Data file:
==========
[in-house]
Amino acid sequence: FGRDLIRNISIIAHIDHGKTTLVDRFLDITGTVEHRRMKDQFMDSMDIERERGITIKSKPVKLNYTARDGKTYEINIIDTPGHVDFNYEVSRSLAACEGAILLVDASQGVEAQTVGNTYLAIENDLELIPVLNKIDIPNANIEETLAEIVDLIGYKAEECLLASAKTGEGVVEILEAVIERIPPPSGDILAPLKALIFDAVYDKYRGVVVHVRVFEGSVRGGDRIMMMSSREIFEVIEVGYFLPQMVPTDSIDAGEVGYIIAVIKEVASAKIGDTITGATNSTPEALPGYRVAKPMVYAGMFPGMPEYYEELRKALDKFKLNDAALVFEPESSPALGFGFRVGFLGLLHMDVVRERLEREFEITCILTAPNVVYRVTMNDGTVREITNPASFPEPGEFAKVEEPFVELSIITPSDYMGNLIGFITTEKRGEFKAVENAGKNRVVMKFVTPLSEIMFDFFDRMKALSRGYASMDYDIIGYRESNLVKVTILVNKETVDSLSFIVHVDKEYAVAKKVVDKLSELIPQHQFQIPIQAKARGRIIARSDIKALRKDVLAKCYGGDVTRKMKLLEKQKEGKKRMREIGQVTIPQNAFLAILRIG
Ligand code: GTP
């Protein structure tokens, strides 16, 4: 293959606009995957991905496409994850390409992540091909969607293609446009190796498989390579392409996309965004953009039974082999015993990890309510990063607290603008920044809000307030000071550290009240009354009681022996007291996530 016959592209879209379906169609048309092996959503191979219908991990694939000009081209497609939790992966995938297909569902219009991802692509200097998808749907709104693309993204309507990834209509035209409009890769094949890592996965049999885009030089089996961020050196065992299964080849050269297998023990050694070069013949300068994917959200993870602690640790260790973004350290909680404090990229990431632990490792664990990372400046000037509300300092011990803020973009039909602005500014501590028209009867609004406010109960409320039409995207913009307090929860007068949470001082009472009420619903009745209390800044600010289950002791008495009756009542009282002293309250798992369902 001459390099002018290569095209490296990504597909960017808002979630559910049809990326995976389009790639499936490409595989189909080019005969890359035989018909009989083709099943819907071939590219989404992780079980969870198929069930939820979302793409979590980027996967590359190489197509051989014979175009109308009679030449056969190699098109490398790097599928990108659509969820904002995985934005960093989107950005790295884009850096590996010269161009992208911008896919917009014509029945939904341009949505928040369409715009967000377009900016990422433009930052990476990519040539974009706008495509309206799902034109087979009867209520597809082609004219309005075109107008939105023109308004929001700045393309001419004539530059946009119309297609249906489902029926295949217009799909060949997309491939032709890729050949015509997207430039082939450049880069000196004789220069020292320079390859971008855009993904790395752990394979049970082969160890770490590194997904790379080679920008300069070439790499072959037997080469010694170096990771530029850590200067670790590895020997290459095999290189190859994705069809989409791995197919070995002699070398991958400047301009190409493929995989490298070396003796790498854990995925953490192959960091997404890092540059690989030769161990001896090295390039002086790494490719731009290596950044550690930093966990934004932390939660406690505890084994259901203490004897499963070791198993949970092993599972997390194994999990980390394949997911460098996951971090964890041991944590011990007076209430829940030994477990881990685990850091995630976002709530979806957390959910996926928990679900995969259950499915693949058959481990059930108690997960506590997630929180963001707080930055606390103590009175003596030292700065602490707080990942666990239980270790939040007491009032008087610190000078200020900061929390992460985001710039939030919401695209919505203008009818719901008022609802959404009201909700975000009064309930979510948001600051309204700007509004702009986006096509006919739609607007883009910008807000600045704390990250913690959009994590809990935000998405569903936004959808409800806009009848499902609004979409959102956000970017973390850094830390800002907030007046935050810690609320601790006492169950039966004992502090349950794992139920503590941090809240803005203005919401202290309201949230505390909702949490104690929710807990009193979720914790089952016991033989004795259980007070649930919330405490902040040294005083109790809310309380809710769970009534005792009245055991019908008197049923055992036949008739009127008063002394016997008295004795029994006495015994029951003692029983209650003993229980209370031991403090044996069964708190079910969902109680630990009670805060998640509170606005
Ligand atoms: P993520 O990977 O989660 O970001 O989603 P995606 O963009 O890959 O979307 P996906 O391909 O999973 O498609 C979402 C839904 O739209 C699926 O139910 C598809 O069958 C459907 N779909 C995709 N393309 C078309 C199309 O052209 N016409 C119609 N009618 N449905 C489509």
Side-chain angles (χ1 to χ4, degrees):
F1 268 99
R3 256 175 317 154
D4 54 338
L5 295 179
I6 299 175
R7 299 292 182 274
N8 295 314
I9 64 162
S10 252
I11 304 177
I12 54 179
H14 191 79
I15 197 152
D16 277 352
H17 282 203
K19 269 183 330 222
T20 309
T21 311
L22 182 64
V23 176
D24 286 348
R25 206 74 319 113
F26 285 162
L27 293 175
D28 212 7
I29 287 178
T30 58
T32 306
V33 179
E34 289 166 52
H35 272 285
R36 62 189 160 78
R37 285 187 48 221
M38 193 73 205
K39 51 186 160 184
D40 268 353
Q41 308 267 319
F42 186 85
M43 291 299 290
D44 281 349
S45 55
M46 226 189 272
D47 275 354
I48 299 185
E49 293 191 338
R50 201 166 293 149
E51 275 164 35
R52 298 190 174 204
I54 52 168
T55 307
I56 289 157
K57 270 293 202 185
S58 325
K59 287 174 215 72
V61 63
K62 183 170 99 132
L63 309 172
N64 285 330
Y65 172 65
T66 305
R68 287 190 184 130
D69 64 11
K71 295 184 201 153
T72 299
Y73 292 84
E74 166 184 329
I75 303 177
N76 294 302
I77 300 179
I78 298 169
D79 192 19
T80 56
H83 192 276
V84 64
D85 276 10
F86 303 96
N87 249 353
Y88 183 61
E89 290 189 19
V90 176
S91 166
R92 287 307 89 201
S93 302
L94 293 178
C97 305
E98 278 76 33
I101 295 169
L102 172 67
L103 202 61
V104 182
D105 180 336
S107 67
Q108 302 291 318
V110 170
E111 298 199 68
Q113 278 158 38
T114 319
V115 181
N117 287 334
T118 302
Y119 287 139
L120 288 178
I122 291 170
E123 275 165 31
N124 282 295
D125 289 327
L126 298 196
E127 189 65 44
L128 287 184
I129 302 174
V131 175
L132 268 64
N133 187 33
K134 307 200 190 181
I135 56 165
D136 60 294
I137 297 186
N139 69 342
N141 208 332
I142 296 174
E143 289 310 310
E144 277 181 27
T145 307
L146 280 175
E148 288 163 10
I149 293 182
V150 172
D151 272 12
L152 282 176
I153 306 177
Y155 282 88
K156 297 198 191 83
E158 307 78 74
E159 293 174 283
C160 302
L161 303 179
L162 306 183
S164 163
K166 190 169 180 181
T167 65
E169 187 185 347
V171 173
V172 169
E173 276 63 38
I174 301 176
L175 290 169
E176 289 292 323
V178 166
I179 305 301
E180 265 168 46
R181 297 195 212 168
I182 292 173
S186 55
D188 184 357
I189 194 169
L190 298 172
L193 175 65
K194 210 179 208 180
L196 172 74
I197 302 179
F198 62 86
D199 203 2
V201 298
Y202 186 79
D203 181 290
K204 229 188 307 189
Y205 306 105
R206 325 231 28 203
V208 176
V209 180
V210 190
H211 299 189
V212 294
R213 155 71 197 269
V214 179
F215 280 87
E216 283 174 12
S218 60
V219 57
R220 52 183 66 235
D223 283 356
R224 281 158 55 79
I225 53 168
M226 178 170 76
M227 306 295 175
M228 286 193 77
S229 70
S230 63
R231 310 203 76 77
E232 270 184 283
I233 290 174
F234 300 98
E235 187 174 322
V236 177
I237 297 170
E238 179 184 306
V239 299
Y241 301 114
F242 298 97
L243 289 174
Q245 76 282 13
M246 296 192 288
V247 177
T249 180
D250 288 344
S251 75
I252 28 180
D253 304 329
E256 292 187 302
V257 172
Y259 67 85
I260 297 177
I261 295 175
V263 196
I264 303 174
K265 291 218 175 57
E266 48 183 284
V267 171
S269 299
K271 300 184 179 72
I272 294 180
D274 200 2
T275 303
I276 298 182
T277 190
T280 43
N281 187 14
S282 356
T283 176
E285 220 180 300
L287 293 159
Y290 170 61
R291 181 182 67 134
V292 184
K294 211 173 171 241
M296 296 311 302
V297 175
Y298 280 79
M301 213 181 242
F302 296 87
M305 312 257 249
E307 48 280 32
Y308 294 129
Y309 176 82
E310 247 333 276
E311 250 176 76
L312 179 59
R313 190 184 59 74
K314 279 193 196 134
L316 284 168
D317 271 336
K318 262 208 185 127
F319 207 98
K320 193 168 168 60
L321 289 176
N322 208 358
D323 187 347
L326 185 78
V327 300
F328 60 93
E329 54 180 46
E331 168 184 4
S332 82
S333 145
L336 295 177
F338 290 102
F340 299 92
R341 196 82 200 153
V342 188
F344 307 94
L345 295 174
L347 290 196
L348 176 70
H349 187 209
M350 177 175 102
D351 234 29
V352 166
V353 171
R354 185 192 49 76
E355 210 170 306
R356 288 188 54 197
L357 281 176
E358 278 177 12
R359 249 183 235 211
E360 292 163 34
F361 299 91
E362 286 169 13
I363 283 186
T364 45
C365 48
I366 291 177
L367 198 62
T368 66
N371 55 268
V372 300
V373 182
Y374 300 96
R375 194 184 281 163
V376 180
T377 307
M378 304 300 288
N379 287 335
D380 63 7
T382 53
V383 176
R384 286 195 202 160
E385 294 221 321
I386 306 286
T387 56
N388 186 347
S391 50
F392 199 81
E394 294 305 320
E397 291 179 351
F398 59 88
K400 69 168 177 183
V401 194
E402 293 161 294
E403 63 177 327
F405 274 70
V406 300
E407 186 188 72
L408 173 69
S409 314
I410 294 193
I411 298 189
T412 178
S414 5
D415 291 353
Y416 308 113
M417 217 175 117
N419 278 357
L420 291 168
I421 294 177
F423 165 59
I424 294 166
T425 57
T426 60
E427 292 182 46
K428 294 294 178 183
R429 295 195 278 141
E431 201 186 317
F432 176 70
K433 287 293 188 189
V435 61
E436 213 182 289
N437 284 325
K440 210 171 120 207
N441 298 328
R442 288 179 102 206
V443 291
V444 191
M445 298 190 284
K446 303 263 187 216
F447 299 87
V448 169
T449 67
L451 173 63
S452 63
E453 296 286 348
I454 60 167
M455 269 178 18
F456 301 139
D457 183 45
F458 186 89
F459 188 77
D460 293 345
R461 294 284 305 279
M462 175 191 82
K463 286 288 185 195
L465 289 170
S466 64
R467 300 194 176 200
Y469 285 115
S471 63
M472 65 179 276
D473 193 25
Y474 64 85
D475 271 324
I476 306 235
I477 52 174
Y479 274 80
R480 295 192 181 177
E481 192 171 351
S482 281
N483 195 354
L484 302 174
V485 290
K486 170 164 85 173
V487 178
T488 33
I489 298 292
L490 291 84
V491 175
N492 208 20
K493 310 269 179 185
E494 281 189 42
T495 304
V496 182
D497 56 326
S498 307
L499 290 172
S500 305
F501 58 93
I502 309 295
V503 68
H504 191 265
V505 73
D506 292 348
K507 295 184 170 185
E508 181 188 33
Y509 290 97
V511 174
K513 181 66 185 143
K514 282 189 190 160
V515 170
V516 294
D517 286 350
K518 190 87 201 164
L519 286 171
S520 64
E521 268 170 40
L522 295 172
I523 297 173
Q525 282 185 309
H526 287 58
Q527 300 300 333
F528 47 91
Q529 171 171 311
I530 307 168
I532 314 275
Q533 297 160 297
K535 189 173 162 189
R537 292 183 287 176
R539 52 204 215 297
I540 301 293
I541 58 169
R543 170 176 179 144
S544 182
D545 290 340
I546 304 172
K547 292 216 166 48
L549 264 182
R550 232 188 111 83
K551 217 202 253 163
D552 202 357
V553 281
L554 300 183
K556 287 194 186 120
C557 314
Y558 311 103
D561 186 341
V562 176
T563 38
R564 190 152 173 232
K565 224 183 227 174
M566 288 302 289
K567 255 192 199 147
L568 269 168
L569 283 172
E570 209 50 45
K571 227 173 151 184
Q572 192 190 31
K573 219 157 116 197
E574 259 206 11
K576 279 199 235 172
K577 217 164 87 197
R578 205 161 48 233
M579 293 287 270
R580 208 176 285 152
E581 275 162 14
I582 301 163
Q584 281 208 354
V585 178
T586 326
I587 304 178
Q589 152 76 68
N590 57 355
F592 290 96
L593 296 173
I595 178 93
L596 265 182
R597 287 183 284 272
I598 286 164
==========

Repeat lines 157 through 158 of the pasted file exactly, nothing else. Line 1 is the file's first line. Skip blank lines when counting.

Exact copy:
R181 297 195 212 168
I182 292 173